“This funding will allow us to continue empowering ecommerce brands with real-time financial visibility, enabling better decisions and sustainable growth,” Pinchevski said in the statement.

In addition, Finaloop plans to expand its partnership network with e-commerce-first fractional CFOs, CPAs, and data-driven marketing agencies.

Looking at other innovative startups in this space, there is Synder, a Y Combinator S21 alum and the 2023 AICPA Startup Accelerator participant operating from San Francisco. Also serving e-commerce businesses, among other segments, Synder provides accounting automation software that syncs data from Amazon, Shopify, eBay, QuickBooks, and other platforms for smooth reconciliation of multi-channel sales. The company recently integrated with Sage Intacct, which provides cloud native solutions across accounting, planning, analytics and payroll for small and mid-sized businesses (SMBs). Synder is backed by TMT Investments.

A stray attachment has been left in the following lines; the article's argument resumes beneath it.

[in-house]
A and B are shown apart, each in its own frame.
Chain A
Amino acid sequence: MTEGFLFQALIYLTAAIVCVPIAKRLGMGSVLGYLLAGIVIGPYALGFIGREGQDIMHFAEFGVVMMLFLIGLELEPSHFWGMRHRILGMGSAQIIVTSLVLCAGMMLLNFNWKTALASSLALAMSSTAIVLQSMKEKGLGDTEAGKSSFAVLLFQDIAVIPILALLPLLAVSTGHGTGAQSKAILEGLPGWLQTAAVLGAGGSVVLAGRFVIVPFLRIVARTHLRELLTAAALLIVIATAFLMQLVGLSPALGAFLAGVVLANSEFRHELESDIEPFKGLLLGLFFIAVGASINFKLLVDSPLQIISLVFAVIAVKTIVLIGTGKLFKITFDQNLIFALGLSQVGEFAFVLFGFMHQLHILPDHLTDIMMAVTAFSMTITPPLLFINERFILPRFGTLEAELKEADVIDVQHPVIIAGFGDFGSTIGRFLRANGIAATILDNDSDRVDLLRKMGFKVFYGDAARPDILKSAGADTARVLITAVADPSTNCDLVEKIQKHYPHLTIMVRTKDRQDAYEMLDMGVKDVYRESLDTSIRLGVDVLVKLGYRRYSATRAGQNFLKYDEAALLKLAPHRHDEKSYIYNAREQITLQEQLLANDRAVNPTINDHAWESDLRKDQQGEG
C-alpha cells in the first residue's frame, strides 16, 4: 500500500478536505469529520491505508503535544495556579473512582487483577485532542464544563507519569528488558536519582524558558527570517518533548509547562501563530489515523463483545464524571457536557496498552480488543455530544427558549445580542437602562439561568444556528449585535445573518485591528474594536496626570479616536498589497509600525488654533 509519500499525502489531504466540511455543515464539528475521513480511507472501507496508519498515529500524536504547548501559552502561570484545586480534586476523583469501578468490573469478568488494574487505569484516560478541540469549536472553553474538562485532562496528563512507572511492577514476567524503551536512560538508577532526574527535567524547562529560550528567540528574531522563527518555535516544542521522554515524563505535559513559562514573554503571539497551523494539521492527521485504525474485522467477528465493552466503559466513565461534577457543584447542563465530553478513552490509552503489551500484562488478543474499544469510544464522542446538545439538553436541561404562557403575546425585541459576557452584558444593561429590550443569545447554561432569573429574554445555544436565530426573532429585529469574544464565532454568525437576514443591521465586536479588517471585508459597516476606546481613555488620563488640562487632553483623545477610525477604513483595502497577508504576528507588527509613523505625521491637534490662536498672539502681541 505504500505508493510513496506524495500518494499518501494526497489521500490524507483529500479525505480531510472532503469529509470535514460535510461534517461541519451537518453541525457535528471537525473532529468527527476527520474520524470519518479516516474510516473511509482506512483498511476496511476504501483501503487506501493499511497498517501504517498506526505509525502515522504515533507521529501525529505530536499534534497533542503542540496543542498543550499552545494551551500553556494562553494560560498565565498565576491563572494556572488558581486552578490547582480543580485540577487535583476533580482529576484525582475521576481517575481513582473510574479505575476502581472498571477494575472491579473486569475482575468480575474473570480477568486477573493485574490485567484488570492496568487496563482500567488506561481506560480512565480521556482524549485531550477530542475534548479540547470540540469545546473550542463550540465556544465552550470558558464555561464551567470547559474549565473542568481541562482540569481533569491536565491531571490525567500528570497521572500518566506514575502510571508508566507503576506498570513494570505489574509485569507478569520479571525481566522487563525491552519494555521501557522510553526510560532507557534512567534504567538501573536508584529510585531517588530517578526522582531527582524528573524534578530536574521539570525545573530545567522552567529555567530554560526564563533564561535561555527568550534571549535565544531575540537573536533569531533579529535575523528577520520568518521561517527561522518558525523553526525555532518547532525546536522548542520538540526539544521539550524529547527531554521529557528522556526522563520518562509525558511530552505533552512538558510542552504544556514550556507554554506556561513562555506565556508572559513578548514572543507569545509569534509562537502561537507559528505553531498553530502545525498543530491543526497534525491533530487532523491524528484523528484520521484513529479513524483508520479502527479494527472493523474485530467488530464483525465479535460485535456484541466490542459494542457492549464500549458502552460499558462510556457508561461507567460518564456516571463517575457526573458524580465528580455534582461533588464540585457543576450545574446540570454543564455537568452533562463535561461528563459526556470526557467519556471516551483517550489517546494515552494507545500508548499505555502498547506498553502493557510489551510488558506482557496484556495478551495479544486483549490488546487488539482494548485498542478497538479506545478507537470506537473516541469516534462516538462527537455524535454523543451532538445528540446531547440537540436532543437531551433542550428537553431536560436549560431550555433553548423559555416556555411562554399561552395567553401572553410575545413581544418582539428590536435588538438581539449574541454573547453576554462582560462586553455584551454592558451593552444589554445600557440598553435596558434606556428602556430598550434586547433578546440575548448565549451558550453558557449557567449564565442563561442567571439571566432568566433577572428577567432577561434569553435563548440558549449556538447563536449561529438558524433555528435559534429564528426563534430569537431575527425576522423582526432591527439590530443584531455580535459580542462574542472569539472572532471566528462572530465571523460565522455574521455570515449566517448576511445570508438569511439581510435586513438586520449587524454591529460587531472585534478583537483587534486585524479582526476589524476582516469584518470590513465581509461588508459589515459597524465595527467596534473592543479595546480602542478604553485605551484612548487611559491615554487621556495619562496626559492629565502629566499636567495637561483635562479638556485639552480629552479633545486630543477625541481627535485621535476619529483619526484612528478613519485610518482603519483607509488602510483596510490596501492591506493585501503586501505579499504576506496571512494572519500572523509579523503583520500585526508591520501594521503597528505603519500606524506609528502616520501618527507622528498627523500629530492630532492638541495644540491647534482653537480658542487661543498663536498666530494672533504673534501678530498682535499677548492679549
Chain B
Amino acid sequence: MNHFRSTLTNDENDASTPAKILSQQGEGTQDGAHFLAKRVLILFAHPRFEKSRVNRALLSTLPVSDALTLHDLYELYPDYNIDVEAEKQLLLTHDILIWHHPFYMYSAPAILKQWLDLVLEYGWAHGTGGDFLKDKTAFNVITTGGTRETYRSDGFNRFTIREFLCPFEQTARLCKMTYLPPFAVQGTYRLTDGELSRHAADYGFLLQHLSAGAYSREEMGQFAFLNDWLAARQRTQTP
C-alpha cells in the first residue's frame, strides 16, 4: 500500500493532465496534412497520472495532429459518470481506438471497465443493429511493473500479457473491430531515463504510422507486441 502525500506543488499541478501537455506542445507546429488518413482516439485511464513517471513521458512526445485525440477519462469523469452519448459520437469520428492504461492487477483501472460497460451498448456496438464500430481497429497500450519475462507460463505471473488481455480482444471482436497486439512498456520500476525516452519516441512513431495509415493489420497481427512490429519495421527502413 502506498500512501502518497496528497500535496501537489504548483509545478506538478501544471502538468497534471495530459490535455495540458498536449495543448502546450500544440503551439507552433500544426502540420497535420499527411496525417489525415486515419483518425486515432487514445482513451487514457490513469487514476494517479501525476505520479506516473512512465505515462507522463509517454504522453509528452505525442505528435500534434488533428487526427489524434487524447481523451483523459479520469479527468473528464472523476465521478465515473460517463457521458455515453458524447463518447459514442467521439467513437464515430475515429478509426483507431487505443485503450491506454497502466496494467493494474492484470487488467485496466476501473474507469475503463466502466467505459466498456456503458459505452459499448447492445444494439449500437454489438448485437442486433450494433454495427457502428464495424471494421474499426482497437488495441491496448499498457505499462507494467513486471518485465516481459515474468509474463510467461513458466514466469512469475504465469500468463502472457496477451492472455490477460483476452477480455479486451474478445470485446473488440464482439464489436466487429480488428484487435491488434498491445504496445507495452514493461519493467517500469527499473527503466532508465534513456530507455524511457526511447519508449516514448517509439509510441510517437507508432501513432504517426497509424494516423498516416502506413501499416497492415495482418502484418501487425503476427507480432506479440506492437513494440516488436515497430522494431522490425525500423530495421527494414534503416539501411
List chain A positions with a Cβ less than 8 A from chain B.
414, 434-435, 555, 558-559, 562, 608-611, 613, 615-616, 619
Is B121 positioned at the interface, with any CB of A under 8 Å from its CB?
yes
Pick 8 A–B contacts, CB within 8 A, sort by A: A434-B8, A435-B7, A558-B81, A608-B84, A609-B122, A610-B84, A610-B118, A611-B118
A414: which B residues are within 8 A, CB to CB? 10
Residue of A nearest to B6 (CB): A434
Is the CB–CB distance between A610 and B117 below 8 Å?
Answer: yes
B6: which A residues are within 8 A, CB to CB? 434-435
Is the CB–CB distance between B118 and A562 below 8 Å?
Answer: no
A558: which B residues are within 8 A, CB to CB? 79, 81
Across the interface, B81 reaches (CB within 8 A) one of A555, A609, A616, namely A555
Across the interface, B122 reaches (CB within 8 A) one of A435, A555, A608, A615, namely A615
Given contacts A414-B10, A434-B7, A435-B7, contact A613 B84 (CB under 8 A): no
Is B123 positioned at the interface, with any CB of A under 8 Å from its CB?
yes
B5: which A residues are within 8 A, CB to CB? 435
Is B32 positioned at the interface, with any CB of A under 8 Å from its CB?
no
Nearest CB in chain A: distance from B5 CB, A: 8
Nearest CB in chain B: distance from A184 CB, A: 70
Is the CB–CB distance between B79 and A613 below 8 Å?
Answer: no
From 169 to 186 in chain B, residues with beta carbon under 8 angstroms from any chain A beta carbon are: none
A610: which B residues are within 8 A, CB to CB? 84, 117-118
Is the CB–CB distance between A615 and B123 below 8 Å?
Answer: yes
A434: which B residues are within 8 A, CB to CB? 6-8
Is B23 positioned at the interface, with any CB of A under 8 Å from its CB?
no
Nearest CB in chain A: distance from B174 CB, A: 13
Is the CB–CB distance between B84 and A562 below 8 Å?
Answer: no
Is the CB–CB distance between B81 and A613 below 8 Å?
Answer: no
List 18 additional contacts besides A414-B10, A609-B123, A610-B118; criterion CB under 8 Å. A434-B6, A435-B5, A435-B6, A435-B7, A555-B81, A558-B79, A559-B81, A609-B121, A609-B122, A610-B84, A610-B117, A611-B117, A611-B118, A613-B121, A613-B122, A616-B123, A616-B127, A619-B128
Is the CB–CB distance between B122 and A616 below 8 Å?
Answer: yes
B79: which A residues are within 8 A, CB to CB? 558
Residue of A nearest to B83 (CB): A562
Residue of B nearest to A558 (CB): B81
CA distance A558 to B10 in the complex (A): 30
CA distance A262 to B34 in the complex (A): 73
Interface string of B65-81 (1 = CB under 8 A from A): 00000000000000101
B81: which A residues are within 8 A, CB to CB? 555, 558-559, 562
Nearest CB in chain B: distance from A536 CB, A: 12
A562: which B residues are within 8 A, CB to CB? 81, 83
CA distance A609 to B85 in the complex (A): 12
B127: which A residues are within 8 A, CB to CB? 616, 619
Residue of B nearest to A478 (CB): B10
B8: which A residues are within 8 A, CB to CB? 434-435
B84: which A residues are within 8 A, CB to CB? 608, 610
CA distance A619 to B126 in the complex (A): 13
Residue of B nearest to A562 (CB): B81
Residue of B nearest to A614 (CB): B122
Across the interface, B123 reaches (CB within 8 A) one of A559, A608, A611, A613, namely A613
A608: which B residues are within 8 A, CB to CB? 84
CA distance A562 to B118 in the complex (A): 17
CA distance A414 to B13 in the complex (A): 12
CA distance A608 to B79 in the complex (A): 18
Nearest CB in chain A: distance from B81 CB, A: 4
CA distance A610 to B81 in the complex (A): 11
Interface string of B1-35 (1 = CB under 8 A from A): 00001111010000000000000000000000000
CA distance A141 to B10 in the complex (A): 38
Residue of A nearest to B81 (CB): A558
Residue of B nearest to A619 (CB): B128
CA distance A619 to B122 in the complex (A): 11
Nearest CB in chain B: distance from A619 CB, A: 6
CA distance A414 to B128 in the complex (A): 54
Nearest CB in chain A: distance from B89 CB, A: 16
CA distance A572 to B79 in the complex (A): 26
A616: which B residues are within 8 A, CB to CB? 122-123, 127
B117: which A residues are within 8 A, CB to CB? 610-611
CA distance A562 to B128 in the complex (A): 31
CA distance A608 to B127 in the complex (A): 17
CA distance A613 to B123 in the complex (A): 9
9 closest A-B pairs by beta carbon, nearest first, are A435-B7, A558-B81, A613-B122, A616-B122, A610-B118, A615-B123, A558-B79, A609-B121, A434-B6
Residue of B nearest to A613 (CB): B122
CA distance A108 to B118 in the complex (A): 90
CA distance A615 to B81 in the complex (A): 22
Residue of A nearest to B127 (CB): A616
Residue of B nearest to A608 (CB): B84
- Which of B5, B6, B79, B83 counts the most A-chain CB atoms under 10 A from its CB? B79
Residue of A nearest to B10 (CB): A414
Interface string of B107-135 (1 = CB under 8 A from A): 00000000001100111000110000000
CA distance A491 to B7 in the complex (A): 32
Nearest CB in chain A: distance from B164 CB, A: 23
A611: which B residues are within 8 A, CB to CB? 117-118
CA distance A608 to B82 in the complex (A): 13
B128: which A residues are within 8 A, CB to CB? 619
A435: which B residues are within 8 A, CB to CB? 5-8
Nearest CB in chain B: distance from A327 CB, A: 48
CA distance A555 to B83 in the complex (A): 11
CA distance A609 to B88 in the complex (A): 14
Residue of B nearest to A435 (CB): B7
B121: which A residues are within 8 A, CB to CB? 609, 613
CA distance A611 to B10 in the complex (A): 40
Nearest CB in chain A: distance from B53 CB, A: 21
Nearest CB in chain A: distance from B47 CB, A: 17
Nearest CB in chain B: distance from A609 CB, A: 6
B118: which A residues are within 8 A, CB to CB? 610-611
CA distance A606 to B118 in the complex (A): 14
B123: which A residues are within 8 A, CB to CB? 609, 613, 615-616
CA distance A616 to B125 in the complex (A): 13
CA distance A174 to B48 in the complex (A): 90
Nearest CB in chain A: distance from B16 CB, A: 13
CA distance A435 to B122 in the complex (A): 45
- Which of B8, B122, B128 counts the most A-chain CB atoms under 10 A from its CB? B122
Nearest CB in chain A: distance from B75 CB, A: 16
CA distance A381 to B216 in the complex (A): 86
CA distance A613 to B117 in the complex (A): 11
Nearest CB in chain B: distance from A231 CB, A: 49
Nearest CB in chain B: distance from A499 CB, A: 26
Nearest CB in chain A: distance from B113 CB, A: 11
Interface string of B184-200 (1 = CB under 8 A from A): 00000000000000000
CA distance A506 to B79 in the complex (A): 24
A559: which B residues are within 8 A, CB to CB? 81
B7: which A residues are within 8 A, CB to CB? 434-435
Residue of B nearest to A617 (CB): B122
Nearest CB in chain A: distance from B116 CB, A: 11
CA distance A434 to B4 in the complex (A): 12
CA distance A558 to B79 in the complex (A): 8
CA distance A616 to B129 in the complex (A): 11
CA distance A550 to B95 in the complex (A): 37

There’s also Zeni, a 2019 Palo Alto startup which places a lot of emphasis on its AI capabilities. Rather than focusing on the e-commerce market in particular, Zeni offers “tailored bookkeeping for every business at any stage.” The company is backed by Elevation Capital and San Francisco-based Think Investments, among other investors.

Xendoo offers a set of similar services, connecting a business’s accounts across various platforms and synchronizing business data, while relying on QuickBooks and Xero to reconcile books. It’s in business since 2016, operating out of Fort Lauderdale. Among its investors are PayPal, DeepWork Capital in Orlando, Village Capital in Washington, DC, and others.